East Palo Alto's largest landlord has offered leases for 23 of its units to tenants displaced by a fire that heavily damaged a Redwood City apartment building last month.
The six-alarm fire at the Hallmark House, an affordable-housing complex at 531 Woodside Road, displaced 97 tenants, many of them low-income, elderly, disabled or with mental health issues.
Earlier this month Lee Harrison, a community worker for San Mateo County's Behavioral Health and Recovery Services agency, approached Equity Residential about providing one or two apartment units for the homeless fire victims. The company responded with an offer of nearly two-dozen units and held an open house last Wednesday for prospective tenants.
Equity Residential bought 1,800 East Palo Alto apartment units in December 2011.
"It's a real challenge for people with low incomes to find quality housing," Harrison said in a phone interview Monday. "People were grateful that Equity stepped up and offered this opportunity."
Equity waived application fees and worked with the San Mateo County Department of Housing to streamline the approval process, according to Chris Peter, managing director of Woodland Park, the name Equity has given its apartments located west of Highway 101 next to the East Palo Alto-Palo Alto border.
As of Friday, Equity already had made housing offers to 18 applicants, Harrison said, adding there's little doubt that displaced Redwood City tenants would also move into the remaining five units.
Supervisor Warren Slocum, who represents Redwood City and East Palo Alto and had made public pleas for property owners to give up "just one" vacant unit in their buildings for a fire victim, said in an email that he appreciates Equity's efforts.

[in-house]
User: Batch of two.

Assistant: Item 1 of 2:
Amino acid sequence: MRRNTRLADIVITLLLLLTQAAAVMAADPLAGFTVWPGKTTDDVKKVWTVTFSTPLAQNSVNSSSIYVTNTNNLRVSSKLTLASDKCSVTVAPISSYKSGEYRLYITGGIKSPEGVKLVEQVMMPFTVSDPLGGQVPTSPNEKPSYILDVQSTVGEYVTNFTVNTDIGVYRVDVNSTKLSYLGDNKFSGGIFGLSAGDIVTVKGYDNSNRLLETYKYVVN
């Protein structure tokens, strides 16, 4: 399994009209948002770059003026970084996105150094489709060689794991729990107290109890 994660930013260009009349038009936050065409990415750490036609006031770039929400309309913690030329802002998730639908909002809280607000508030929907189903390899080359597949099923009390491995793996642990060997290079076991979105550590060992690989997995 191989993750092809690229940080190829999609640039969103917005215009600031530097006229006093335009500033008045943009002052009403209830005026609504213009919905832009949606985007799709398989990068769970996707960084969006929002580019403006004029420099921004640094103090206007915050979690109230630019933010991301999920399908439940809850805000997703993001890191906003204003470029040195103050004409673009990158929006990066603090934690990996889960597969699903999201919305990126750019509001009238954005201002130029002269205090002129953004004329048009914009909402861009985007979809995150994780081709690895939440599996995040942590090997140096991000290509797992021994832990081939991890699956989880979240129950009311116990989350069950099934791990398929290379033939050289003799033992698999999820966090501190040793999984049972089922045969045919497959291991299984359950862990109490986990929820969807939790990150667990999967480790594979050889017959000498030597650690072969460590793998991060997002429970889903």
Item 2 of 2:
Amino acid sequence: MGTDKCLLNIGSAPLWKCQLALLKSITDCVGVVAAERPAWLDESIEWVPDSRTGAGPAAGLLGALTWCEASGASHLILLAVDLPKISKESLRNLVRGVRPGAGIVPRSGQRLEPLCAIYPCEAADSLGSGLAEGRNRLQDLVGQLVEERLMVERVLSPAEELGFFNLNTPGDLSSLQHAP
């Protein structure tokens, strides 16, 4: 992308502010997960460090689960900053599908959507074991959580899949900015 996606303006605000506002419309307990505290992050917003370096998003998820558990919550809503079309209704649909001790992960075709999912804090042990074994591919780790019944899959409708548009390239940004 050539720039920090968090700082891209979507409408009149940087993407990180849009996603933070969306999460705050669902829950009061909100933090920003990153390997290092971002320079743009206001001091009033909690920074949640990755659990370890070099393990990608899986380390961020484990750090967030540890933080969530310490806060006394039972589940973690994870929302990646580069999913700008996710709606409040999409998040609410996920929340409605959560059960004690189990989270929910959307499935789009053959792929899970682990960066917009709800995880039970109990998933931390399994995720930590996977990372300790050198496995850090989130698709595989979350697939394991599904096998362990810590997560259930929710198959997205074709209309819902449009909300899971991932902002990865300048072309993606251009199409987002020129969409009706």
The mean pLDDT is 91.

"I continue to be hopeful that others will come forward and do the same," Slocum wrote.
If all 23 units are filled, only a handful of displaced residents in need of permanent housing would remain, according to county officials. In recent weeks, many of the fire victims have been living in local motels paid for by the county.
The July 7 fire at the 72-unit Hallmark House killed one tenant inside a unit where Redwood City fire officials say the blaze originated. The cause of the fire is still under investigation.
Equity Residential, based in Chicago, purchased the East Palo Alto properties from Wells Fargo, which took over the apartment portfolio from previous owner Page Mill Properties after foreclosing on a loan of about $250 million in 2010.
Tenant advocates and city officials had battled with Page Mill after it raised rents, evicted tenants and sued the city over its rent-control ordinance.
Before Equity Residential took over, some residents and officials expressed concern that it would behave the same way since the company's chairman, Samuel Zell, has been an active opponent of rent-control laws.
Although Equity was quick to issue three-day "pay rent or quit" notices to tenants late on their payments and raised the price tenants pay for parking, there hasn't been as big an outcry as when Page Mill was the landlord.
Harrison, an East Palo Alto resident, said he can't say whether Equity has become a good corporate citizen in its new city. "What I can say is they certainly have in this case," Harrison said.
Follow Bonnie Eslinger at twitter.com/bonnieeslinger.